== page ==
Don’t you just hate it when folks speak in absolute terms? I know I always hate it and will never understand.
Folks like to say things such as “It always rains when I plan to do something outside.” Really? Always? I know better than that because clouds always dodge my yard when it needs water, and my grass never gets enough rain.
Another absolutism that always gets me is how folks like to make a point starting with, “There are two kinds of people …” I’m fairly certain there are more than two kinds of people. Heck, I can think of at least a dozen kinds of people on my street alone — and none of them are normal people, including in my house.
That opening “two kinds of people” phrase, though, does help to illustrate points, so long as you understand that there’s not only two kinds of people and there’s always a little more to the story.
For instance, there are two kinds of neighbors on my street — folks who pull their vehicles into the driveway forward (efficiently and quickly) and there are what I like to call backer-inners. You know these folks. They stop in the middle of the road, angle their truck just right, pull up, pull back, tweak it a little and slowly back into their driveway so that they will be able to pull out so easily into traffic when they leave again — except there’s no real traffic on my street, and the only traffic jams are caused by the backer-inners. In fact, if you get three or four backer-inners living around each other and they all get home at the same time, you might as well take a nap in your vehicle while you wait for the backer-innners to clear the road.
But, again, those are the only two kinds. There also are the people who park in the street constantly as if they own it. And there’s a worse version of those folks, and that’s the folks who park in the street in front of my mailbox to keep me from getting mail delivered. These kinds of people are called …
“What do you mean I can’t print that word? It is a perfectly legitimate body part!”
Anyhoo, I thought about this two kinds of people thing recently when I heard some sports radio hosts furiously debating whether you should put on both of your socks and then your shoes or whether you you should put on a sock and shoe and then the other sock and shoe. They said there were two kinds of people — sock-sock-shoe-shoe and sock-shoe-sock-shoe, and that the former were crazy. As a flip-flop aficionado myself, I thought they were all crazy.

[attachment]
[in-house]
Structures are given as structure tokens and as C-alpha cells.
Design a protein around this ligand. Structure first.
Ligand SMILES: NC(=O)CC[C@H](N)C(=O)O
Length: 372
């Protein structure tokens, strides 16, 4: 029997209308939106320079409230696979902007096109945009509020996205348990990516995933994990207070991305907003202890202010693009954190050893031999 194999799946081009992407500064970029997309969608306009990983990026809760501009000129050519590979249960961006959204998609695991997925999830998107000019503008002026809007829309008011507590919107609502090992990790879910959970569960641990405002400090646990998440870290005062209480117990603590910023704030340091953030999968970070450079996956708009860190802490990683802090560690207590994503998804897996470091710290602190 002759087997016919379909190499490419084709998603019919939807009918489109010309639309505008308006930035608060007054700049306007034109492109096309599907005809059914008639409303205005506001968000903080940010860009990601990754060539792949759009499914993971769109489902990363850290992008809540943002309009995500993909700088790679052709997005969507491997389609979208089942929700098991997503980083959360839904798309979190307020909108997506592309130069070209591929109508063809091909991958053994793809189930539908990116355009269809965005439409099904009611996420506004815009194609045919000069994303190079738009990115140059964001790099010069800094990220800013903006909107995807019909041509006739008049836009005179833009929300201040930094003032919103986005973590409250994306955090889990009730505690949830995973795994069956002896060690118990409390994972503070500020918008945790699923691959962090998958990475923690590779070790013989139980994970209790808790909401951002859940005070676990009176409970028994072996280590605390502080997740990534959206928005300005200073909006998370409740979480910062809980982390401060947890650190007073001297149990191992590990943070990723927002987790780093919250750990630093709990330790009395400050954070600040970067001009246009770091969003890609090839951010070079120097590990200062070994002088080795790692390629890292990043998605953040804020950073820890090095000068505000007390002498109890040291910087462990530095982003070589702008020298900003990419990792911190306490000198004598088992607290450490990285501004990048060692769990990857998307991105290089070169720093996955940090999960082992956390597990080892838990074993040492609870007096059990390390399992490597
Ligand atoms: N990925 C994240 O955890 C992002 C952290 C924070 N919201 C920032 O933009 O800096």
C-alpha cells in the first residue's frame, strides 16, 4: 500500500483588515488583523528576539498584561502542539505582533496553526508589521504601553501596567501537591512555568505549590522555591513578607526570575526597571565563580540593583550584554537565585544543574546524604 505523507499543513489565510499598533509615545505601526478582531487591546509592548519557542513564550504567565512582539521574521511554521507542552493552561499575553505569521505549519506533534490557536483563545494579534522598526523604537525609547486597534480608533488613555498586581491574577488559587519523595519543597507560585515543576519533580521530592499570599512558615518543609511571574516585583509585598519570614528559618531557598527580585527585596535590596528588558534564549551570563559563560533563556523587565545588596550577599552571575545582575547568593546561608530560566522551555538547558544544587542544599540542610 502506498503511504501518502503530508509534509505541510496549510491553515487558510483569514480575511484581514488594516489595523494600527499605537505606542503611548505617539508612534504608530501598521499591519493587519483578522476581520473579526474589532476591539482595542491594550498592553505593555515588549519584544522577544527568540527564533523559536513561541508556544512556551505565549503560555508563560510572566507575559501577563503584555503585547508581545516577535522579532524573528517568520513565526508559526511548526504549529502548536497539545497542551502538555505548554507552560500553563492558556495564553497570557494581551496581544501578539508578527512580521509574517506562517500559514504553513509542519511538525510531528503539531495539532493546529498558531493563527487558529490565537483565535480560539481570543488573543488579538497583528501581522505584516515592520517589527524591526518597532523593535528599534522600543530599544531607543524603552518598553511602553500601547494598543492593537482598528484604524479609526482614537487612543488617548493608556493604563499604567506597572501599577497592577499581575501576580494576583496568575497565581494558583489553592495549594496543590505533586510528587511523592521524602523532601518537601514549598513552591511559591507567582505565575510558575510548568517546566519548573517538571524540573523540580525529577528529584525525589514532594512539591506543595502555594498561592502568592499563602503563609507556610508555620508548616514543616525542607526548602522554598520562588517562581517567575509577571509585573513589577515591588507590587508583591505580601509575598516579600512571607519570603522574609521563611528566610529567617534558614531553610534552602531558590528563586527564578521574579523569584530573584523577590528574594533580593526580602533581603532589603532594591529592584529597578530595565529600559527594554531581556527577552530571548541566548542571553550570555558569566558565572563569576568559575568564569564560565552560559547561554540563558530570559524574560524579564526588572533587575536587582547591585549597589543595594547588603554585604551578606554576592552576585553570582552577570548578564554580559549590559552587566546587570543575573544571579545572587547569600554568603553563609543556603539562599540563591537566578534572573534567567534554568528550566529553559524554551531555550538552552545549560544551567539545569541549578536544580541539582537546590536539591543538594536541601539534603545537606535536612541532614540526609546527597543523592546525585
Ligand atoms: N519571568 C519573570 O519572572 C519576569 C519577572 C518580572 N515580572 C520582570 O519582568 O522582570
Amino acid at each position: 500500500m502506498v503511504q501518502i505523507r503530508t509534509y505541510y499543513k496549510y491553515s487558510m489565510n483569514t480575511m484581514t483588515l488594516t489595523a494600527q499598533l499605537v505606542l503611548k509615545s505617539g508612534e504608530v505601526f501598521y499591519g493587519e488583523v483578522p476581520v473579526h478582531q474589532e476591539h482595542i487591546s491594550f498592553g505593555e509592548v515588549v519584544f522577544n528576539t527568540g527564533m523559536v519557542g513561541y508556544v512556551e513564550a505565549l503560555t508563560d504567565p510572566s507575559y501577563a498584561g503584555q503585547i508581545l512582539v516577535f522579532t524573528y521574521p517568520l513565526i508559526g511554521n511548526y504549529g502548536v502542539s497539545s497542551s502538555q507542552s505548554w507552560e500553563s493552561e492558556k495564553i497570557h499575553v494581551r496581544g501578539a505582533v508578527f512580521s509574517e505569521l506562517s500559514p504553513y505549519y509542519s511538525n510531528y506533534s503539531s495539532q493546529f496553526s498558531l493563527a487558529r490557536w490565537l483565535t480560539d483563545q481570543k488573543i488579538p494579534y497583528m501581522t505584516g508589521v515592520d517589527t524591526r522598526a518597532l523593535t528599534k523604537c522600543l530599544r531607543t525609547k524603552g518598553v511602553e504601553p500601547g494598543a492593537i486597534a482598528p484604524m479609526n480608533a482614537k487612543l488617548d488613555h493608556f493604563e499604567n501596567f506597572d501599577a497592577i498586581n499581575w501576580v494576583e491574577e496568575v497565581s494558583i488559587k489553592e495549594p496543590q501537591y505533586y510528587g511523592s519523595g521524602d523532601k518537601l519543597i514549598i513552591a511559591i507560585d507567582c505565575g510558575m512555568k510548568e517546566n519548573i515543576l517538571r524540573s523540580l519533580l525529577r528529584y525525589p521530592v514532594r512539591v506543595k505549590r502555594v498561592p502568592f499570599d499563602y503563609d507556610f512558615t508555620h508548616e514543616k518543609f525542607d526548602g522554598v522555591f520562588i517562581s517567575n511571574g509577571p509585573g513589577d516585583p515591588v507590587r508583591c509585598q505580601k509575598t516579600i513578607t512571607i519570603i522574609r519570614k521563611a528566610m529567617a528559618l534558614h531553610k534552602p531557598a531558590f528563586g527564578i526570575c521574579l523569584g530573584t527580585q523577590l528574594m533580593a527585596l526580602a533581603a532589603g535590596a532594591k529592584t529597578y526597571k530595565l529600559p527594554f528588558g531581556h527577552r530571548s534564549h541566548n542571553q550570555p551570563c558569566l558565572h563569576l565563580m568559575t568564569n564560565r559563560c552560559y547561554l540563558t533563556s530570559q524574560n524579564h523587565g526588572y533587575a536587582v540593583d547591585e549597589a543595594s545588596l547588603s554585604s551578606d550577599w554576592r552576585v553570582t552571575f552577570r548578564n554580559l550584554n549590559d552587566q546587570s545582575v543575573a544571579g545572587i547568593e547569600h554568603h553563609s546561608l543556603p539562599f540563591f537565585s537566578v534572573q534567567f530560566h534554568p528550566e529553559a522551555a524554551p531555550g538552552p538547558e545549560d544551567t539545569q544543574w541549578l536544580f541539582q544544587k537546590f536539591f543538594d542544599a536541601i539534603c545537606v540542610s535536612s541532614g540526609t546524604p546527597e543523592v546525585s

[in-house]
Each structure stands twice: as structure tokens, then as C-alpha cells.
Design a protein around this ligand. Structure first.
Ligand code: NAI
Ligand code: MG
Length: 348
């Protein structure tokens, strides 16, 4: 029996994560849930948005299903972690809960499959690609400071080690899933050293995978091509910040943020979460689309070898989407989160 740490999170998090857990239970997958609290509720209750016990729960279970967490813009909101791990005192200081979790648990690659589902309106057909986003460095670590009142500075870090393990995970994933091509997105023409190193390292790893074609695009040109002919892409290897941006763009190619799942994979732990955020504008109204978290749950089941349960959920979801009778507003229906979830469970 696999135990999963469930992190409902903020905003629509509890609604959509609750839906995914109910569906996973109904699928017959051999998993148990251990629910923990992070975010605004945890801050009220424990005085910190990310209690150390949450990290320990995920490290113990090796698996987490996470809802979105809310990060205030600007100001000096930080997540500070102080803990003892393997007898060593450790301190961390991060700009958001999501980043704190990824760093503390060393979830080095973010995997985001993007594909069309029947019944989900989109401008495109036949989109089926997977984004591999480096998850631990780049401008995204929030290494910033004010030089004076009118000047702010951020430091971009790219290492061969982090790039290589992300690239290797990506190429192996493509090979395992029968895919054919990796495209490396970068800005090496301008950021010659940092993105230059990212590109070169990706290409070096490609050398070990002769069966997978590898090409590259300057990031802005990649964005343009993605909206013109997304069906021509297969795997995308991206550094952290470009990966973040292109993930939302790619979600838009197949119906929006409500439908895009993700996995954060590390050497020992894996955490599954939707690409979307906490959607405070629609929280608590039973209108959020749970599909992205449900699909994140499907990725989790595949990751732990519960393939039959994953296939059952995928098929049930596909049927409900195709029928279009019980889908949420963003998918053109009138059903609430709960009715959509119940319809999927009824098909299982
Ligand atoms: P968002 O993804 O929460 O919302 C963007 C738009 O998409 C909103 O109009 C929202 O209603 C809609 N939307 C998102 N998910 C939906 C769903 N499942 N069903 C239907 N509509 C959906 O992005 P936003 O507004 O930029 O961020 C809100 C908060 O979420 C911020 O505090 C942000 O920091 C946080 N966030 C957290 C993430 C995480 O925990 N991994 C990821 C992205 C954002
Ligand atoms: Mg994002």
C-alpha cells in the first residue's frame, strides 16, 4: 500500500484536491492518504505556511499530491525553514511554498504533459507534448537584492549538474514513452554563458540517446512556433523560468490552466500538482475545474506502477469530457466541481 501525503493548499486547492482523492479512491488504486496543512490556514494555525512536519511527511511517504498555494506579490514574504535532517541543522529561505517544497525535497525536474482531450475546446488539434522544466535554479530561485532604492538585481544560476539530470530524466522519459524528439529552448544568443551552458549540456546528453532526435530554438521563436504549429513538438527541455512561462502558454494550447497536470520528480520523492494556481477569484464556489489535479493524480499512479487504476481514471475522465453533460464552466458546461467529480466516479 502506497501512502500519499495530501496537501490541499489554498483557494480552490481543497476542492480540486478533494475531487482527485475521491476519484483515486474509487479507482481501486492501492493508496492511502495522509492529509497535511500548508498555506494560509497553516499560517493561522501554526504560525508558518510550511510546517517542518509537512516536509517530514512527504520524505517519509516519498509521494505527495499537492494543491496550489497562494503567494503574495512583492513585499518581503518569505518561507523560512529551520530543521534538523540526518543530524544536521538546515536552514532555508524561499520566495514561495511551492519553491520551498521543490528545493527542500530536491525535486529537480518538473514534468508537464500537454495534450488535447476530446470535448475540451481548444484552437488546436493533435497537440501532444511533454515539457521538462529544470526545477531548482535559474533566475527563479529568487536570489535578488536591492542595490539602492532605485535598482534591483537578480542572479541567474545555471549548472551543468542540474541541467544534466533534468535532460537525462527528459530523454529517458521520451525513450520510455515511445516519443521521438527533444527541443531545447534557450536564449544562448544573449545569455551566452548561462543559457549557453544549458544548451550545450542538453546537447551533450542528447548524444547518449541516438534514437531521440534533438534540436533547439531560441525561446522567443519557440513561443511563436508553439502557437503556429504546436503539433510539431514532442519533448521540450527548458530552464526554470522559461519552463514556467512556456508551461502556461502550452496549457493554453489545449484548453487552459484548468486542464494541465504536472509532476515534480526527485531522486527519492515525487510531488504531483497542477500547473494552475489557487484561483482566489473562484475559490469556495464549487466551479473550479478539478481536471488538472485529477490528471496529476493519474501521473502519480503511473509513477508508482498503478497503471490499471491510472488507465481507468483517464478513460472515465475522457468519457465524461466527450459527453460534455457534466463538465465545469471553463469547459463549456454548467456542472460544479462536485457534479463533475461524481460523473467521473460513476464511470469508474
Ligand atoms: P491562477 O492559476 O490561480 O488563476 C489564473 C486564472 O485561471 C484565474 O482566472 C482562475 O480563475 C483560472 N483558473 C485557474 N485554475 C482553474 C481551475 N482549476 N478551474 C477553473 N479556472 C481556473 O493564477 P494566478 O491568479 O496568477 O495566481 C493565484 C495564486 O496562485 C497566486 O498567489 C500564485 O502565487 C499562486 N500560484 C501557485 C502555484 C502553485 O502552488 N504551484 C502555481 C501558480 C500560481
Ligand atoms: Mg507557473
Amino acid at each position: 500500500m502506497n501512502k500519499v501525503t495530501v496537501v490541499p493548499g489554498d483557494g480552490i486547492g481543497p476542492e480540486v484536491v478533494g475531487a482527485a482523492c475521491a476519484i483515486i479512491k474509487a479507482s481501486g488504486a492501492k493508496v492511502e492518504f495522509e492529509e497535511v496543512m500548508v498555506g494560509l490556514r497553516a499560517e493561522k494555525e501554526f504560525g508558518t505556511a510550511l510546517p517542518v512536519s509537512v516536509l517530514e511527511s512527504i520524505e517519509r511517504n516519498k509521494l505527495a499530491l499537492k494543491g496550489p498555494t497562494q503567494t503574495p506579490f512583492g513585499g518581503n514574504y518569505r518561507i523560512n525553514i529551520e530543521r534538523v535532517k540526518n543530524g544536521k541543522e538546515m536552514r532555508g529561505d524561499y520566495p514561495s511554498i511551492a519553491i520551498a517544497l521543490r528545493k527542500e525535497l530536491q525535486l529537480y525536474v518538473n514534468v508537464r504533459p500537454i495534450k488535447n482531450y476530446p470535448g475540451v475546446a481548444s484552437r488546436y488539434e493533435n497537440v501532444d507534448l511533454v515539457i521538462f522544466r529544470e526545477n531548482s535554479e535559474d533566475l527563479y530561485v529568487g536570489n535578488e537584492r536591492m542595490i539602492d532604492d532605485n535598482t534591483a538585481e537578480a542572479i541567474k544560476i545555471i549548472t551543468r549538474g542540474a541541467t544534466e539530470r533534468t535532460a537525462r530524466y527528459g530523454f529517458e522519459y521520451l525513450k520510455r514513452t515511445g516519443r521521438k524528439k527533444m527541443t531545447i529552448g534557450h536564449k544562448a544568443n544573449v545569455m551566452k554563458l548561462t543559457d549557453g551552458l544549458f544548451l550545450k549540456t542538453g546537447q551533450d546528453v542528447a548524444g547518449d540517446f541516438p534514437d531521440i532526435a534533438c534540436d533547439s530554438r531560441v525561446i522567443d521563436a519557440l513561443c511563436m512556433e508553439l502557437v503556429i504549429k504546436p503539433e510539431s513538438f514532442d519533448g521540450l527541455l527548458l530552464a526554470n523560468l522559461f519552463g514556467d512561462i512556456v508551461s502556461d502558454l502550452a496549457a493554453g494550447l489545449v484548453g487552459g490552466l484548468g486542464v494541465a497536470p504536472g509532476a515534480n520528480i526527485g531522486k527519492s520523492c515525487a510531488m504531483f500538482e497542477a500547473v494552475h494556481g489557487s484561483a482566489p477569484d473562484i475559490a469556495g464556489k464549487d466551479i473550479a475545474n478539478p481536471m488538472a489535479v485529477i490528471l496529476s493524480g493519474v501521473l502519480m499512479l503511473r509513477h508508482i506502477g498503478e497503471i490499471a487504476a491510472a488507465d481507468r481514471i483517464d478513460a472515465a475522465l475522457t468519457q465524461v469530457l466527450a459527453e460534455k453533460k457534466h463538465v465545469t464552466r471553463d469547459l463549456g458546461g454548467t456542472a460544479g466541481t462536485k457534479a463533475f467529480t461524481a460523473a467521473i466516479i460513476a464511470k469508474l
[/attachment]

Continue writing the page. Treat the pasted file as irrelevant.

Another popular two kinds of people track is that there are folks who like to vacation in the mountains and folks who prefer to go to the beach. I’m a beach person myself, but I’ve seen some mighty fine beaches in the Caribbean with mountains as backdrops. Now, I’m a Georgia boy, so my idea of a mountain is Pine Mountain, which I love, but there are people like my boss who grew up in Colorado and thinks Brasstown Bald is a speedbump, but I still say a beach with a hill behind it in Puerto Rico or St. Thomas is a great compromise.
In American politics, they says there are two kinds of people — Democrats and Republicans, a two-party system that no longer works at all. They just try to thwart any successes of the other party so that they can retake power and then get thwarted themselves. That’s why I’m proudly independent and a different kind of people. Did you know it’s possible to not be a fan of Biden or Trump? Did you know it’s possible to think Ilhan Omar and Marjorie Taylor-Greene are both crazy? At least we know there are two kinds of people in Congress — those with integrity and those without, the latter making up the vast majority.
A lot of religions have two kinds of people schisms. In Islam, you’ve got Sunni and Shiite. In Judaism, there’s Orthodox and Reform. And in American Christianity, you’ve got all kinds of denominations splitting up over their preferred level of homophobia.
There are not a lot of Jews, Muslims, Buddhists, Hindus or Scientologists in my neck of the woods. It’s mostly a bunch of Christians and some nonbelievers. I have many friends on both sides. The strange thing I’ve noticed about them is that my Christian friends love Jesus, but my nonbeliever friends agree with Him more. It’s a strange dichotomy.
And that’s absolutely crazy.